For this answer, we're going to assume that the type of radiation to which you refer is Cherenkov radiation, which is a type of radiation emitted by a charged particle going through a dielectric medium at a speed that is greater than the speed of light in that medium.
(For clarification: "Charged particle" means particle with positive or negative electric charges; dielectric medium means something, such as a container of water, that does not conduct electricity, but takes on an electrically positive and an electrically negative pole when subjected to electric currents.)
The Oxford Dictionary of Physics gives a great analogy for Cherenkov radiation - it's like a sonic boom. A sonic boom is created when something travels in a medium faster than the speed of sound, say a plane traveling in air, and leaves a loud trailing boom. In the case of Cherenkov radiation, the charged particle or particle beam is the thing that travels, the dielectric medium is the "air", and the radiation is the "boom" left behind the traveling thing.
Most of the time, the radiation is very short-lived, so while it can be used to measure certain phenomena, its potential as a power source is very low, not to mention that in order to generate Cherenkov radiation, a large amount of energy needs to be used to send the charged particle or particle beam into a medium at such a high speed. Therefore, using Cherenkov radiation as a power source would be extremely energy-inefficient.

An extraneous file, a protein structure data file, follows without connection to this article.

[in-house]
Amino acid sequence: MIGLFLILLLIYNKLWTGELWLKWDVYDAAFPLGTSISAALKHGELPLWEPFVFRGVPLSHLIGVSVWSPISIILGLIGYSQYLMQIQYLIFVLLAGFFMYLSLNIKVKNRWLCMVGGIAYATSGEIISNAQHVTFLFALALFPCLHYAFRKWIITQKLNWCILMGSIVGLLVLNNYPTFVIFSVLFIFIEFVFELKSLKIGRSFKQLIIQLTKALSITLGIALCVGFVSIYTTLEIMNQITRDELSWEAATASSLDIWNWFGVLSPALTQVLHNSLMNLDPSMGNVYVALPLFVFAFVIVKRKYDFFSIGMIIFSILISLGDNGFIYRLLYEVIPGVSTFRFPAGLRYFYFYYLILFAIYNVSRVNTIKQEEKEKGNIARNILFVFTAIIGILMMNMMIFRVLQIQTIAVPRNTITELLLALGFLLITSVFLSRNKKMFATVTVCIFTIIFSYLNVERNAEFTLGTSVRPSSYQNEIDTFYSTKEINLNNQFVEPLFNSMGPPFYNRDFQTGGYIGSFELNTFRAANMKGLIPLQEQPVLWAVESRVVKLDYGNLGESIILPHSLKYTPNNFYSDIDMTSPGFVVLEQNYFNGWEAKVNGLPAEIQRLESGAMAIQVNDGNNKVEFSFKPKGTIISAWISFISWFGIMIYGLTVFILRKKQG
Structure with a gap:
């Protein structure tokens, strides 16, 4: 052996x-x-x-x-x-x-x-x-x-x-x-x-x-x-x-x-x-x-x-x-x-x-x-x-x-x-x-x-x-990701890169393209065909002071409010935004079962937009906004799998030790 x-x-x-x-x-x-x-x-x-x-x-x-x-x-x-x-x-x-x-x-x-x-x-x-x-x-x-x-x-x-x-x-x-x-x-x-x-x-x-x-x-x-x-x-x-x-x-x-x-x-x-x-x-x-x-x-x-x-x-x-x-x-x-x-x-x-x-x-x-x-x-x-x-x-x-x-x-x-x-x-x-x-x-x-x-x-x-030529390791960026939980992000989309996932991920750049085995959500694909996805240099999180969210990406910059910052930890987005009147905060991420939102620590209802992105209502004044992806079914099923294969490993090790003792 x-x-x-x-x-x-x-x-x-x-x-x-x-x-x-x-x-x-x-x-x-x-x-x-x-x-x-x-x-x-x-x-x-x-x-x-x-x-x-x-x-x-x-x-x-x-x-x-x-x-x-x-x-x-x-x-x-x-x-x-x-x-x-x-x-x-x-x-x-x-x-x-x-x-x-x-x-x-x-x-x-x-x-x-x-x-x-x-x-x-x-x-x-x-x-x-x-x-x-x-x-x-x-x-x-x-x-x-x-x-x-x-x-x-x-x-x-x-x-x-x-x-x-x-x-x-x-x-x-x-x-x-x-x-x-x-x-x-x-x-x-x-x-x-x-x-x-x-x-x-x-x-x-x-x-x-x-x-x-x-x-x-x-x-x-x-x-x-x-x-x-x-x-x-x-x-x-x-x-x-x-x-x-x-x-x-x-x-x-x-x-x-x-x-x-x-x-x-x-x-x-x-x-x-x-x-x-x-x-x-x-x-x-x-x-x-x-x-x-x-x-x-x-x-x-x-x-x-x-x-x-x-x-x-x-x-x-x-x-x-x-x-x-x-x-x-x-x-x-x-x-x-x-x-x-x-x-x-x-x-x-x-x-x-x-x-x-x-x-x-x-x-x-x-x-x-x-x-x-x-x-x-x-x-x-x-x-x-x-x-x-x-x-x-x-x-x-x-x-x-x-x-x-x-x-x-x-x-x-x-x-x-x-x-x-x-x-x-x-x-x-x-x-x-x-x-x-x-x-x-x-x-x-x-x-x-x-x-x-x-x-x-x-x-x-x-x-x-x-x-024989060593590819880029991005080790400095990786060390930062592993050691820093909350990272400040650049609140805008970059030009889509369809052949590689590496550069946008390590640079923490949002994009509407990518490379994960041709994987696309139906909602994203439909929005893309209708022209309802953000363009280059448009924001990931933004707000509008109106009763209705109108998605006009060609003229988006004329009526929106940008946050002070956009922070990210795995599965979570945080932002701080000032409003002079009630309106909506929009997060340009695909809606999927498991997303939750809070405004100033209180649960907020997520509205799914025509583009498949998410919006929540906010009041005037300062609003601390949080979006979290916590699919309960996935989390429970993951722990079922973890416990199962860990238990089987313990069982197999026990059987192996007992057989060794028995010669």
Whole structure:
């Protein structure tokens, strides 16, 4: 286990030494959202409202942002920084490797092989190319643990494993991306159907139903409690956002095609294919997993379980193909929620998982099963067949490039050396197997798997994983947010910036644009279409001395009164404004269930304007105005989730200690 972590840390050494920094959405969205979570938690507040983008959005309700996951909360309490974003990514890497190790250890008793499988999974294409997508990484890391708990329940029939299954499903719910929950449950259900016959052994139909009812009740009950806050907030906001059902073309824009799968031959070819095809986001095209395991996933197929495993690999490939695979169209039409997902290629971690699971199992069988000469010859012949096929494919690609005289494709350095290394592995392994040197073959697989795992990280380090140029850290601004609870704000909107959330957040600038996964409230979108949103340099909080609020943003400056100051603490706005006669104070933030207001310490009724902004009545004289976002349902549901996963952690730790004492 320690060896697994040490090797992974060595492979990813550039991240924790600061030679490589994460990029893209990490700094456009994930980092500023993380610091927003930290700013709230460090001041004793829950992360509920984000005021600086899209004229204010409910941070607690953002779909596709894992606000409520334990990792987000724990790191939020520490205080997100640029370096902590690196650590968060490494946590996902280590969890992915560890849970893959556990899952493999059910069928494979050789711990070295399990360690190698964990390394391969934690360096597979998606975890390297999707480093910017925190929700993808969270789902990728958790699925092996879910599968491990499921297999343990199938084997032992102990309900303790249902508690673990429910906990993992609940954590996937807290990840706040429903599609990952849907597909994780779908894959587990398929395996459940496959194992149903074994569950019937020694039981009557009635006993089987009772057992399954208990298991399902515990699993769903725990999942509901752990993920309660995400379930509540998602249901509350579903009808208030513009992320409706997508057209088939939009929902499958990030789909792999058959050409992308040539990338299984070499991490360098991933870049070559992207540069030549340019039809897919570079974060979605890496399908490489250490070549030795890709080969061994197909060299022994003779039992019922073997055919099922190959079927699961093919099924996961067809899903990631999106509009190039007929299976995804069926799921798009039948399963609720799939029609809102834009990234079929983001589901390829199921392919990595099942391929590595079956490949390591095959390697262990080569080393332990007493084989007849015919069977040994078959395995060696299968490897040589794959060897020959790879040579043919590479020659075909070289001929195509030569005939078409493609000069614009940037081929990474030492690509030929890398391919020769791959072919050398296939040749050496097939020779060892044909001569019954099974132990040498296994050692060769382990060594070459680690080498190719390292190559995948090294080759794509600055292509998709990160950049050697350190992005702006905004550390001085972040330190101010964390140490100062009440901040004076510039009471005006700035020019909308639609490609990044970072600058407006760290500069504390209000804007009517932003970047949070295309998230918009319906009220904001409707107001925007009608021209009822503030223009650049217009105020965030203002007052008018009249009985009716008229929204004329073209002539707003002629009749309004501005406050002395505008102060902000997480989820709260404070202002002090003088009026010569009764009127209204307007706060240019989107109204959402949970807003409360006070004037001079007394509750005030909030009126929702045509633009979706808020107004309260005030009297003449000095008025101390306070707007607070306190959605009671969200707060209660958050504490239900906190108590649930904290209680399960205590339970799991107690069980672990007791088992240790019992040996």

Hope this helps!
In theory yes- the first law from the field of thermodynamics says energy cannot be created or destroyed. It can, however, be converted from one form to another. This is what we currently due to generate power, since electric power is not something that really exists in a usable form in nature. Historically, we have taken chemical potential energy (in the form of fossil fuels), burned it to create thermal energy, used that thermal energy to turn a turbine that creates kinetic energy, and used magnets in that turbine convert the kinetic energy into electricity.
Tying back to your question specifically- the light from Cerenkov radiation occurs when a particle in a dielectric moves faster than light in the same medium (note- nothing will travel faster than the speed of light in a vacuum, but when traveling through a non-vacuum, such as a dielectric, light can be slowed down and a particle can travel faster). This phenomena emits light. Given this is a form of energy (particle motion and light), a process could be designed to convert it to a usable form of power for humans. Practically speaking however, I doubt it will be a feasible source of power, as generating and harvesting it would likely use more energy than you get from the process.
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